Accusations that anti-fundamentalism is racism also serve to silence non-Muslims who feel threatened by an increasingly active religious presence. Or of gay people reacting to a video on YouTube of a homophobic seminar that was recorded in the ELM.
What is racist is to assume that the ELM speaks for all Muslims in Tower Hamlets. There is clearly mistrust in the secular Bengali community about its activities but this mistrust has been dismissed by both the Mosque and the anti-racist coalition as sectarianism. But how do you deal with the situation in which people now living in Tower Hamlets were in the past victims of human rights violations and massacres by Jamaat e Islami in Bangladesh, and are understandably extremely reluctant to ally themselves with those who have ongoing political connections with the perpetrators of those crimes?
Even in the face of a racist threat from the far right, as in Tower Hamlets, the United East End alliance have failed to establish a unity of purpose in building an inclusive anti-racist movement. Rather than going along with those who appear to have the largest following, it might be more productive for the alliance to hear what other Bangladeshis have to say instead of writing them off as ‘sectarian’.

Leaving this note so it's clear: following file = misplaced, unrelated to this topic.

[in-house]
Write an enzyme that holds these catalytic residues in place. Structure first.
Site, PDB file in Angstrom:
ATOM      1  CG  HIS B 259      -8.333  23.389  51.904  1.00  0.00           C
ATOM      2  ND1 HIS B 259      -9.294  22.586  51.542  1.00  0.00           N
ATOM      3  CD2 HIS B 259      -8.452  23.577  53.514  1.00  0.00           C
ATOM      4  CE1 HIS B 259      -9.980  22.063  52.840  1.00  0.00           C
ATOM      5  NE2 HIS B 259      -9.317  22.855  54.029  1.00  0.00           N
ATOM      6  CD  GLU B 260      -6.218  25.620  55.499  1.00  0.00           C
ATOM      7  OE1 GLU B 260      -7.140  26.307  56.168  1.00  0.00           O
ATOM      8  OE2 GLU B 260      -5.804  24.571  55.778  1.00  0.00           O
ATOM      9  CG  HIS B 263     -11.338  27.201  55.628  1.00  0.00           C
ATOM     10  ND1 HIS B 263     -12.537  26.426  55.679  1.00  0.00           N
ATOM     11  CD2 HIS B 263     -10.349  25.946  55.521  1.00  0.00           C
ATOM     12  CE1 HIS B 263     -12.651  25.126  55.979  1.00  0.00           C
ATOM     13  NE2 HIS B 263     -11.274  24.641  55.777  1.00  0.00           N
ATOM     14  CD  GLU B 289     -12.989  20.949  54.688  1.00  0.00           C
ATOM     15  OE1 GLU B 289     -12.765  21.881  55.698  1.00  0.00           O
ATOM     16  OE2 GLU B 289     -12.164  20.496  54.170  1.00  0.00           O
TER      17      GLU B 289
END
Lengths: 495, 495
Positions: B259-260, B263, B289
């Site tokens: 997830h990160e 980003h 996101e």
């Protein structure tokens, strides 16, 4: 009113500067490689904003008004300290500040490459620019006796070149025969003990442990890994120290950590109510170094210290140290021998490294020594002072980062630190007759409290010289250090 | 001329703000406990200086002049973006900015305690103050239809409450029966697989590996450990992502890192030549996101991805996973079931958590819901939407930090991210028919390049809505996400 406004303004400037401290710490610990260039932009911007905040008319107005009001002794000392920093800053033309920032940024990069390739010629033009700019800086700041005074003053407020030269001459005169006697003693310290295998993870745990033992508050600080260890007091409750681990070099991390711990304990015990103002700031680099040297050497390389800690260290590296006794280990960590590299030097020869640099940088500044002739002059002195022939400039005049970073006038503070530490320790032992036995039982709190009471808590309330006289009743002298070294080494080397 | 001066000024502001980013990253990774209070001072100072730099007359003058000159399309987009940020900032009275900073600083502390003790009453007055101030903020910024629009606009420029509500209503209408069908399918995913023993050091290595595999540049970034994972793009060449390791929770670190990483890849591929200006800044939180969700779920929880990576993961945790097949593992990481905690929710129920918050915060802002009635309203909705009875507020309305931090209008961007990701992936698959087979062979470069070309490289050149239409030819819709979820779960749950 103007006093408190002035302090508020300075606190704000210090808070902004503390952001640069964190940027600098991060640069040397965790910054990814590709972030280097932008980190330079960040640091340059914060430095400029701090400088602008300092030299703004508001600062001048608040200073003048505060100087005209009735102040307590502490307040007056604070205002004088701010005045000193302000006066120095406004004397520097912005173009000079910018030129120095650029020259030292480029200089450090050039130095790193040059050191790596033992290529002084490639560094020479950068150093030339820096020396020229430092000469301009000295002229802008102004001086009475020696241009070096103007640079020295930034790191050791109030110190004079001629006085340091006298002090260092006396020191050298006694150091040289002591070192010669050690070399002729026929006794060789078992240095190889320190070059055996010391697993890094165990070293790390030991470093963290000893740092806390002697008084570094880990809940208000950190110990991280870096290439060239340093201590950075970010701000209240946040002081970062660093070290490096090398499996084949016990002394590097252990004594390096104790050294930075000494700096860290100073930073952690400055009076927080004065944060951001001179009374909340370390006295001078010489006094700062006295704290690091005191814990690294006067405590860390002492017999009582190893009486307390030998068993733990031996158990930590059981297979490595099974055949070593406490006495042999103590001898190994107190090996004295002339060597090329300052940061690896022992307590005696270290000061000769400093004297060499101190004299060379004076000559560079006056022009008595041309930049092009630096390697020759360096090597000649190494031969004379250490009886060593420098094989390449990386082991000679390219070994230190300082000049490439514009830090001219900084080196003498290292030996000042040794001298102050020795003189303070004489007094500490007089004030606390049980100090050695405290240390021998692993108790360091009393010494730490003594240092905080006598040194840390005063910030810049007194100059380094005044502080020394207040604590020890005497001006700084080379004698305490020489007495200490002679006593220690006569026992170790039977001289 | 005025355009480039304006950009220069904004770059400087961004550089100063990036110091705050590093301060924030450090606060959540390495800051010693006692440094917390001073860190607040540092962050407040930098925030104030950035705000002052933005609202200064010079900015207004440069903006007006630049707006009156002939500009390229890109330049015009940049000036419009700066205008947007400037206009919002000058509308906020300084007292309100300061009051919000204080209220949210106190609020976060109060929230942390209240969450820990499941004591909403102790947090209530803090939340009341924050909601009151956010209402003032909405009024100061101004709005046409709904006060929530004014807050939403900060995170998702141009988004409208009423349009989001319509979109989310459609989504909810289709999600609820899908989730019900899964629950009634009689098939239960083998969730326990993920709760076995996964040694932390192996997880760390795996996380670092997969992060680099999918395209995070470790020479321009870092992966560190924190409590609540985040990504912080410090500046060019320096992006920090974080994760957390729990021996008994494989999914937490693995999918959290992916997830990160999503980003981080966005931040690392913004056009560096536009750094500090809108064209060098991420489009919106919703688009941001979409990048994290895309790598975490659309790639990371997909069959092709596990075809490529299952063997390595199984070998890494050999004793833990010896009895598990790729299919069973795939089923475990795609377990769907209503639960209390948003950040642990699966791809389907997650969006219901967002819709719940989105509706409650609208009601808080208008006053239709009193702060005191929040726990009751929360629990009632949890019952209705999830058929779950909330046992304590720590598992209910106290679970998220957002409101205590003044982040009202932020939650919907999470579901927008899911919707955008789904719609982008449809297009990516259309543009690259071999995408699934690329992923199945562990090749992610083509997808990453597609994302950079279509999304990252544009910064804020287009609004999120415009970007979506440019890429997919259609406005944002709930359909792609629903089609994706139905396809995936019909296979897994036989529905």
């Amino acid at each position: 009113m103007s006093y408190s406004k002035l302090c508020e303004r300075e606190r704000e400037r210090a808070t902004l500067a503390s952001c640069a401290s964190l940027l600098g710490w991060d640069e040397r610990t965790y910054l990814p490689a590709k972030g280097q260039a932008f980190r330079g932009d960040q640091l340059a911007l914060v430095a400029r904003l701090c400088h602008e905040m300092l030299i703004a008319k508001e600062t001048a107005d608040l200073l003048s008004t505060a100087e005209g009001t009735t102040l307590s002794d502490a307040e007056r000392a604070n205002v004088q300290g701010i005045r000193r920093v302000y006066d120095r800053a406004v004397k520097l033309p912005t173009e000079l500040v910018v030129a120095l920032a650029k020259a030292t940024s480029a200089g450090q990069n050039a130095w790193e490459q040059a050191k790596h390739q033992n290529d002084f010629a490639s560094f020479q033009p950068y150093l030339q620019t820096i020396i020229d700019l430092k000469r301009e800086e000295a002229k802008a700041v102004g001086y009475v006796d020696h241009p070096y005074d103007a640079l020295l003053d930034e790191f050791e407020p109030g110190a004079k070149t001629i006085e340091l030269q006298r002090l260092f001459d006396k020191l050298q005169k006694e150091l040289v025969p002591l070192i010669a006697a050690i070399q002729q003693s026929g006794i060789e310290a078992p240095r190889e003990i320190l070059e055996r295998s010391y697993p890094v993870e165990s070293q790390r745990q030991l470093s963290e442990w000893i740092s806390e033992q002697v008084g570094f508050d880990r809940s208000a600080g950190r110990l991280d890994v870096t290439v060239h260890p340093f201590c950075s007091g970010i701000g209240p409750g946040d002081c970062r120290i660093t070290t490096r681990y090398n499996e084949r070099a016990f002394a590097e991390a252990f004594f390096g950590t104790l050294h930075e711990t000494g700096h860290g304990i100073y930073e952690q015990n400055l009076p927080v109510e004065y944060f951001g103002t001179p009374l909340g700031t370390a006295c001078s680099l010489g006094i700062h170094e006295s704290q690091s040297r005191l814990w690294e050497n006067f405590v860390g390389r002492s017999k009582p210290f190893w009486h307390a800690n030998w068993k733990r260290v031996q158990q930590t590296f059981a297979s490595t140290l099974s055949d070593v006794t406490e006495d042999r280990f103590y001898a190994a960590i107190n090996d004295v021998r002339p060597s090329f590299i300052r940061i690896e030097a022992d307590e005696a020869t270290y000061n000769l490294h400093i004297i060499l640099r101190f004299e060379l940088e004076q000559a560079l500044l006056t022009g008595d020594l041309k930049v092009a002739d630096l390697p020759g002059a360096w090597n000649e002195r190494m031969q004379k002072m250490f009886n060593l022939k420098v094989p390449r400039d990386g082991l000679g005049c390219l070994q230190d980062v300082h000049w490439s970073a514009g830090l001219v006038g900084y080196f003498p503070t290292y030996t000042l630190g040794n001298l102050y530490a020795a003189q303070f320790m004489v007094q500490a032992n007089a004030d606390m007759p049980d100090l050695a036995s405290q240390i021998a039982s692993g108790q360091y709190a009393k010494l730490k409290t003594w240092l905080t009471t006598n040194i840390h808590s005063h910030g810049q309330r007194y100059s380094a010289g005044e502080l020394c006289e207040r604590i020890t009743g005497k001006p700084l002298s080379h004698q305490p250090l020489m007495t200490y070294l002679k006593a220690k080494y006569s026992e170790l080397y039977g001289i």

All those who want to challenge far right activity, both within and outside of the Muslim communities, must have their voices heard. How do we address these issues? It seems that the United East End coalition has no will to address them. Instead there is a pretence that the issues do not exist, or those that do are merely a display of sectarianism.